still calls herself Albanian, but technically that is no longer true. Regardless of her Balkan nationality issues,
the fashion model is not fluent in Spanish.
Nonetheless, she will have no trouble meeting men in Fernando Frías’s Rezeta (trailer here), which won the narrative
feature Jury Award at the 2014 Slamdance Film Festival.
always seem to work out relatively okay for Rezeta, if not spectacularly so. The
modeling agency that brought her to Mexico is decidedly on the dodgy side, yet
she starts scoring high profile work almost immediately. She gets along reasonably well with most of her
roommates in the company’s model crash pad, but frankly she will not be around
very much. She is not Blanche DuBois, but Rezeta will knowingly slip into some
bad relationships with underwhelming men of means, for obvious reasons. However,
things with Alex, the working class punk rock hipster, might be different. He
definitely catches her eye when they bond over their tattoos, but he plays bafflingly
hard to get.
improvisational, Rezeta the film
chronicles the rise and potential fall of a romantic relationship, with some
culture clash garnish on the side. Even at its best, Rezeta is never particularly deep and there are long stretches of
narrative slack. Still, the Balkan connection lends the Lost in Translation story a fresh angle.
question, lead actress Rezeta Veliu is the film’s winning ace-in-the-hole. Not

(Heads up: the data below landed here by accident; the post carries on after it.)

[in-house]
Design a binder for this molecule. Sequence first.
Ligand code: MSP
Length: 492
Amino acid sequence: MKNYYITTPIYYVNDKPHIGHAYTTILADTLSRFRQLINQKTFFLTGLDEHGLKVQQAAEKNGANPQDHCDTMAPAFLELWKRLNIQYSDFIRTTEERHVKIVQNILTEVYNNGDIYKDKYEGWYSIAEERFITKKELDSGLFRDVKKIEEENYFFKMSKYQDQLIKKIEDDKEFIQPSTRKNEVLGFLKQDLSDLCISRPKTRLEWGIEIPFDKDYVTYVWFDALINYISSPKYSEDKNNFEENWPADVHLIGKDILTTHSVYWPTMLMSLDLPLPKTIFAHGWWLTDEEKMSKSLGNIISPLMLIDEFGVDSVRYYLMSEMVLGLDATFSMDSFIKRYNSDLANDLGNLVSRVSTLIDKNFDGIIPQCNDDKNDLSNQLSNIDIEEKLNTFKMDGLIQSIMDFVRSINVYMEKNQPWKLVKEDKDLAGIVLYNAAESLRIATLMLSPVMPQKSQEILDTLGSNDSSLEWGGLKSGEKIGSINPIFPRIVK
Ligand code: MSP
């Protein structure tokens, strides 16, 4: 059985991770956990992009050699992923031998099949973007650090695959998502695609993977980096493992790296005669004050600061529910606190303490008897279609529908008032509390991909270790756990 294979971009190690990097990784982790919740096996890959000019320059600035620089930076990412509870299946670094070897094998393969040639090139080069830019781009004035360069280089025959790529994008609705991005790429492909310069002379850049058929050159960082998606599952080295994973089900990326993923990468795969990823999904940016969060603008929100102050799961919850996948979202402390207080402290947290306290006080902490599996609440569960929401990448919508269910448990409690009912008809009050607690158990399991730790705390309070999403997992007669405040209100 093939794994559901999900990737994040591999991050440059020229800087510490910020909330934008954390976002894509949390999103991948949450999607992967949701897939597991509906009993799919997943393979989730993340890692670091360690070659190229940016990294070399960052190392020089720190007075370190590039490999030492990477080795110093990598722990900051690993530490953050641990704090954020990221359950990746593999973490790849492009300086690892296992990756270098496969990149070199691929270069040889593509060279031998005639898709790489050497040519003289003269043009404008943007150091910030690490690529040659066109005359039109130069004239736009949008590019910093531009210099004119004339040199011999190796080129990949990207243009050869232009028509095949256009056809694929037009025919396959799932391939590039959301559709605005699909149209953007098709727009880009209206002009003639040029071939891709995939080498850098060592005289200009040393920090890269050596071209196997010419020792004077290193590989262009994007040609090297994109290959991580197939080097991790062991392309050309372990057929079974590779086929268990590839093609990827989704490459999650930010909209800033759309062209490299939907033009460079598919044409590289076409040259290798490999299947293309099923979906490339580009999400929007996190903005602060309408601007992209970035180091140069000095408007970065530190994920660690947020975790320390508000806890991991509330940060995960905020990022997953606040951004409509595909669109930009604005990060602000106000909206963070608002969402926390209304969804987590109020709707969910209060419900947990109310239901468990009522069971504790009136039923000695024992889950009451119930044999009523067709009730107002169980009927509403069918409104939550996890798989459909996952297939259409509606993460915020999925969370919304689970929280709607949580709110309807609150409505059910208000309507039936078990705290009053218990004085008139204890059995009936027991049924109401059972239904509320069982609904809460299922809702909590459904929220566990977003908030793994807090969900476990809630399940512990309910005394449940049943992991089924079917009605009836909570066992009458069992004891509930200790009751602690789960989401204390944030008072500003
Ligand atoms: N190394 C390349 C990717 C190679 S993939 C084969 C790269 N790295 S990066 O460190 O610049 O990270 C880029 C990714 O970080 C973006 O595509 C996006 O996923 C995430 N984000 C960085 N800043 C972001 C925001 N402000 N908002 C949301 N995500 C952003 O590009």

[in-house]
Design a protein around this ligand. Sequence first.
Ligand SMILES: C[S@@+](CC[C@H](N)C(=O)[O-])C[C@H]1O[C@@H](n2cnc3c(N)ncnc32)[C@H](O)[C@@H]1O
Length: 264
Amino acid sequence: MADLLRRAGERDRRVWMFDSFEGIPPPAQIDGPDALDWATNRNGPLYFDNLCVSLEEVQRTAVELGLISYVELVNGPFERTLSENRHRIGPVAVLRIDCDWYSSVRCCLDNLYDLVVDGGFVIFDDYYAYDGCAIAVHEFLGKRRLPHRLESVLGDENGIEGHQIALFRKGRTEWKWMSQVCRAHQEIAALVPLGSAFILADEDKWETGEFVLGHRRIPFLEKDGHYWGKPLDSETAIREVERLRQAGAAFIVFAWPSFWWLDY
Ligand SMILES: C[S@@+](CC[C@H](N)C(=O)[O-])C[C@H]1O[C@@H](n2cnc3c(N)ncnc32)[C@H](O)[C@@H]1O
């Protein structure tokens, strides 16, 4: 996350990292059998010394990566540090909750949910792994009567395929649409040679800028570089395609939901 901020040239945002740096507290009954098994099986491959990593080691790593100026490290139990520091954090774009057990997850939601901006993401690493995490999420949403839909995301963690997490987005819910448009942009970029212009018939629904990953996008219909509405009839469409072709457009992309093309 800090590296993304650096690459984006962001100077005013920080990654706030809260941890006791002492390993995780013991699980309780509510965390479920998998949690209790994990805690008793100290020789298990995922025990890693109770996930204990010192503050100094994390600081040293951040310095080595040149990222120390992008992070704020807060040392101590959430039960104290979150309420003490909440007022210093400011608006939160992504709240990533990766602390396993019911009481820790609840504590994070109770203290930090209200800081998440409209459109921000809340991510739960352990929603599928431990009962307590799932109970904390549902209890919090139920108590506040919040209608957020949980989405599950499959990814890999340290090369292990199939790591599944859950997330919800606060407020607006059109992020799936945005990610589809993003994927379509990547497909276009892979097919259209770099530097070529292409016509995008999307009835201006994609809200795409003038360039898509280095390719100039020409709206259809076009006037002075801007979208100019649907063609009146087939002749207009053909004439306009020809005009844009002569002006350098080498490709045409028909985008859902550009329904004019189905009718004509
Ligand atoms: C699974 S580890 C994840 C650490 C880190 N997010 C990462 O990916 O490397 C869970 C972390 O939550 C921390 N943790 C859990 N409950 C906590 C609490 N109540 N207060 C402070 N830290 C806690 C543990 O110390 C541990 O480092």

just a pretty face, she is also quite a fine screen performer, blessed with a
natural sense of when to dial it up or down. As Alex, Roger Mendoza does not
have a fraction of her screen presence, but at least they develop some credible
chemistry together during their ambiguous courtship scenes.
The occasional glimpses Rezeta offers of the vagabond lives led by not-quite-supermodels
suggests there is more to be mined from this strange world of pseudo-glamour
and exploitation. Clearly, Frías is much more interested in the characters
transparently based on his co-leads, but their interpersonal dramas are rather
hit-or-miss stuff. Regardless, Rezeta obviously made quite an
impression on the jury when it screened at this year’s Slamdance Film Festival.
The combination of its award attention and Veliu’s striking look (she is not a
plastic cookie-cutter type, by any stretch) should secure it plenty of festival
play, including the 2014 Indie Fest in San Francisco, where it screens February
11th, 16th, and 20th.
Labels: Mexican Cinema, Rezeta Veliu, Slamdance '14